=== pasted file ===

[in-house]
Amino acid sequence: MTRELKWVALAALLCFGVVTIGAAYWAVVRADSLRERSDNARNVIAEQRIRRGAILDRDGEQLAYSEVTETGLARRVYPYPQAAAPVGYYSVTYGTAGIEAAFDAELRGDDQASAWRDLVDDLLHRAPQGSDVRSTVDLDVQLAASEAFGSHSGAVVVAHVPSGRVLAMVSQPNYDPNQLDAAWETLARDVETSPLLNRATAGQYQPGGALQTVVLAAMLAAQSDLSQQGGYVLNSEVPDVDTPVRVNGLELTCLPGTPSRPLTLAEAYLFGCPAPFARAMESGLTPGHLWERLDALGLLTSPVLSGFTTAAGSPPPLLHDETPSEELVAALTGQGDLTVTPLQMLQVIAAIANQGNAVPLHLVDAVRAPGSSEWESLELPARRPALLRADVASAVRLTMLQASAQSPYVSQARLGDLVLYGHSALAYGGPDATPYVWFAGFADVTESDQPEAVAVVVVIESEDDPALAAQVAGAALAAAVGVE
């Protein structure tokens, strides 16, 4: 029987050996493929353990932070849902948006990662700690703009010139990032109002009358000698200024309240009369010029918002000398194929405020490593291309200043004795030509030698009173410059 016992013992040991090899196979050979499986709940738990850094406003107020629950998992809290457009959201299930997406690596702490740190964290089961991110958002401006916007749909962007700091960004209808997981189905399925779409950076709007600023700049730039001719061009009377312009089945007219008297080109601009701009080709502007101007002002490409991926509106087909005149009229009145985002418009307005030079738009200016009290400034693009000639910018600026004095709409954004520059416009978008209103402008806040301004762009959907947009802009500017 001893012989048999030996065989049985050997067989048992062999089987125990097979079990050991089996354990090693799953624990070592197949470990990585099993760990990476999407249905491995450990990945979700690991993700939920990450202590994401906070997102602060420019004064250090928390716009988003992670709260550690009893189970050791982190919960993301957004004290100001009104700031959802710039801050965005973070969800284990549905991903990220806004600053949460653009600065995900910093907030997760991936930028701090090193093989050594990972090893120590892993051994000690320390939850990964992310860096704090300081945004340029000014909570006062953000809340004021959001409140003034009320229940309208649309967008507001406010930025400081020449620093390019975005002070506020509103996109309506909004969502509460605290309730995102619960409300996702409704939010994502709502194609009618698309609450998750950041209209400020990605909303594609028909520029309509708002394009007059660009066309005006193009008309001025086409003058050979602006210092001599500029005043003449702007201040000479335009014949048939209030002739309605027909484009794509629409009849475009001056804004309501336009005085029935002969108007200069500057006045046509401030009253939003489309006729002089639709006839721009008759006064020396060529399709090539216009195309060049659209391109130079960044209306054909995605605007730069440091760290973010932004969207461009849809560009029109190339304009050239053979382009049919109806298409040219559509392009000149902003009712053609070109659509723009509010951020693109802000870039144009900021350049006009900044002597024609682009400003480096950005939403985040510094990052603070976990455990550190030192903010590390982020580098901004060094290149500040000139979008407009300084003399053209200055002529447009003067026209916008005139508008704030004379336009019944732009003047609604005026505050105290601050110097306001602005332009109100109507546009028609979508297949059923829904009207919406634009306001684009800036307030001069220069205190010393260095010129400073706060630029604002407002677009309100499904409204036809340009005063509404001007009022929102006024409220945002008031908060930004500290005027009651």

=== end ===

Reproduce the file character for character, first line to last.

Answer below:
[in-house]
Amino acid sequence: MTRELKWVALAALLCFGVVTIGAAYWAVVRADSLRERSDNARNVIAEQRIRRGAILDRDGEQLAYSEVTETGLARRVYPYPQAAAPVGYYSVTYGTAGIEAAFDAELRGDDQASAWRDLVDDLLHRAPQGSDVRSTVDLDVQLAASEAFGSHSGAVVVAHVPSGRVLAMVSQPNYDPNQLDAAWETLARDVETSPLLNRATAGQYQPGGALQTVVLAAMLAAQSDLSQQGGYVLNSEVPDVDTPVRVNGLELTCLPGTPSRPLTLAEAYLFGCPAPFARAMESGLTPGHLWERLDALGLLTSPVLSGFTTAAGSPPPLLHDETPSEELVAALTGQGDLTVTPLQMLQVIAAIANQGNAVPLHLVDAVRAPGSSEWESLELPARRPALLRADVASAVRLTMLQASAQSPYVSQARLGDLVLYGHSALAYGGPDATPYVWFAGFADVTESDQPEAVAVVVVIESEDDPALAAQVAGAALAAAVGVE
């Protein structure tokens, strides 16, 4: 029987050996493929353990932070849902948006990662700690703009010139990032109002009358000698200024309240009369010029918002000398194929405020490593291309200043004795030509030698009173410059 016992013992040991090899196979050979499986709940738990850094406003107020629950998992809290457009959201299930997406690596702490740190964290089961991110958002401006916007749909962007700091960004209808997981189905399925779409950076709007600023700049730039001719061009009377312009089945007219008297080109601009701009080709502007101007002002490409991926509106087909005149009229009145985002418009307005030079738009200016009290400034693009000639910018600026004095709409954004520059416009978008209103402008806040301004762009959907947009802009500017 001893012989048999030996065989049985050997067989048992062999089987125990097979079990050991089996354990090693799953624990070592197949470990990585099993760990990476999407249905491995450990990945979700690991993700939920990450202590994401906070997102602060420019004064250090928390716009988003992670709260550690009893189970050791982190919960993301957004004290100001009104700031959802710039801050965005973070969800284990549905991903990220806004600053949460653009600065995900910093907030997760991936930028701090090193093989050594990972090893120590892993051994000690320390939850990964992310860096704090300081945004340029000014909570006062953000809340004021959001409140003034009320229940309208649309967008507001406010930025400081020449620093390019975005002070506020509103996109309506909004969502509460605290309730995102619960409300996702409704939010994502709502194609009618698309609450998750950041209209400020990605909303594609028909520029309509708002394009007059660009066309005006193009008309001025086409003058050979602006210092001599500029005043003449702007201040000479335009014949048939209030002739309605027909484009794509629409009849475009001056804004309501336009005085029935002969108007200069500057006045046509401030009253939003489309006729002089639709006839721009008759006064020396060529399709090539216009195309060049659209391109130079960044209306054909995605605007730069440091760290973010932004969207461009849809560009029109190339304009050239053979382009049919109806298409040219559509392009000149902003009712053609070109659509723009509010951020693109802000870039144009900021350049006009900044002597024609682009400003480096950005939403985040510094990052603070976990455990550190030192903010590390982020580098901004060094290149500040000139979008407009300084003399053209200055002529447009003067026209916008005139508008704030004379336009019944732009003047609604005026505050105290601050110097306001602005332009109100109507546009028609979508297949059923829904009207919406634009306001684009800036307030001069220069205190010393260095010129400073706060630029604002407002677009309100499904409204036809340009005063509404001007009022929102006024409220945002008031908060930004500290005027009651």